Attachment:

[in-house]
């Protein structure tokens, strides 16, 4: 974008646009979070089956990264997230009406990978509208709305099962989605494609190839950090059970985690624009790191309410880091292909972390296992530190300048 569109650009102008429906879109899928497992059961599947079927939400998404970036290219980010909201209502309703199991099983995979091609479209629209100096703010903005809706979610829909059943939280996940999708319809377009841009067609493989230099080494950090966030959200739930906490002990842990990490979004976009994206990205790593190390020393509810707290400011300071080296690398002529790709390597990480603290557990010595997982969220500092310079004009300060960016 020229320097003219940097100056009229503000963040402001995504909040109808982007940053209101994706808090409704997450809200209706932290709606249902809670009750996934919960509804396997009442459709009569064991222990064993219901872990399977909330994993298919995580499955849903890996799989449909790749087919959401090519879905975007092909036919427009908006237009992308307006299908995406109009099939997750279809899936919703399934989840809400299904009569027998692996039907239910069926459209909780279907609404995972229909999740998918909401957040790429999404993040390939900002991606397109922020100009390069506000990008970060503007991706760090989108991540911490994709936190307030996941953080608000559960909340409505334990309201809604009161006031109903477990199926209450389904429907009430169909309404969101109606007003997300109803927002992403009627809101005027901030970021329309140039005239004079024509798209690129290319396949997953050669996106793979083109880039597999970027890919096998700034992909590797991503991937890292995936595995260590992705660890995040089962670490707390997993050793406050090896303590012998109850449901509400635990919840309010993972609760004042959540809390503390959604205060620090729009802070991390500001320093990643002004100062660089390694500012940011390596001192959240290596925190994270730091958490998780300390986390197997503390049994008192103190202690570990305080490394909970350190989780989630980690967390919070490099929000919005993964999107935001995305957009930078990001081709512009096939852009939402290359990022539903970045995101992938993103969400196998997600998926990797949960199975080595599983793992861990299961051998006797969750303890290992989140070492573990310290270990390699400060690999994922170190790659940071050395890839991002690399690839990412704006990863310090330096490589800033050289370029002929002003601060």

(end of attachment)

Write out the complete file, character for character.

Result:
[in-house]
């Protein structure tokens, strides 16, 4: 974008646009979070089956990264997230009406990978509208709305099962989605494609190839950090059970985690624009790191309410880091292909972390296992530190300048 569109650009102008429906879109899928497992059961599947079927939400998404970036290219980010909201209502309703199991099983995979091609479209629209100096703010903005809706979610829909059943939280996940999708319809377009841009067609493989230099080494950090966030959200739930906490002990842990990490979004976009994206990205790593190390020393509810707290400011300071080296690398002529790709390597990480603290557990010595997982969220500092310079004009300060960016 020229320097003219940097100056009229503000963040402001995504909040109808982007940053209101994706808090409704997450809200209706932290709606249902809670009750996934919960509804396997009442459709009569064991222990064993219901872990399977909330994993298919995580499955849903890996799989449909790749087919959401090519879905975007092909036919427009908006237009992308307006299908995406109009099939997750279809899936919703399934989840809400299904009569027998692996039907239910069926459209909780279907609404995972229909999740998918909401957040790429999404993040390939900002991606397109922020100009390069506000990008970060503007991706760090989108991540911490994709936190307030996941953080608000559960909340409505334990309201809604009161006031109903477990199926209450389904429907009430169909309404969101109606007003997300109803927002992403009627809101005027901030970021329309140039005239004079024509798209690129290319396949997953050669996106793979083109880039597999970027890919096998700034992909590797991503991937890292995936595995260590992705660890995040089962670490707390997993050793406050090896303590012998109850449901509400635990919840309010993972609760004042959540809390503390959604205060620090729009802070991390500001320093990643002004100062660089390694500012940011390596001192959240290596925190994270730091958490998780300390986390197997503390049994008192103190202690570990305080490394909970350190989780989630980690967390919070490099929000919005993964999107935001995305957009930078990001081709512009096939852009939402290359990022539903970045995101992938993103969400196998997600998926990797949960199975080595599983793992861990299961051998006797969750303890290992989140070492573990310290270990390699400060690999994922170190790659940071050395890839991002690399690839990412704006990863310090330096490589800033050289370029002929002003601060």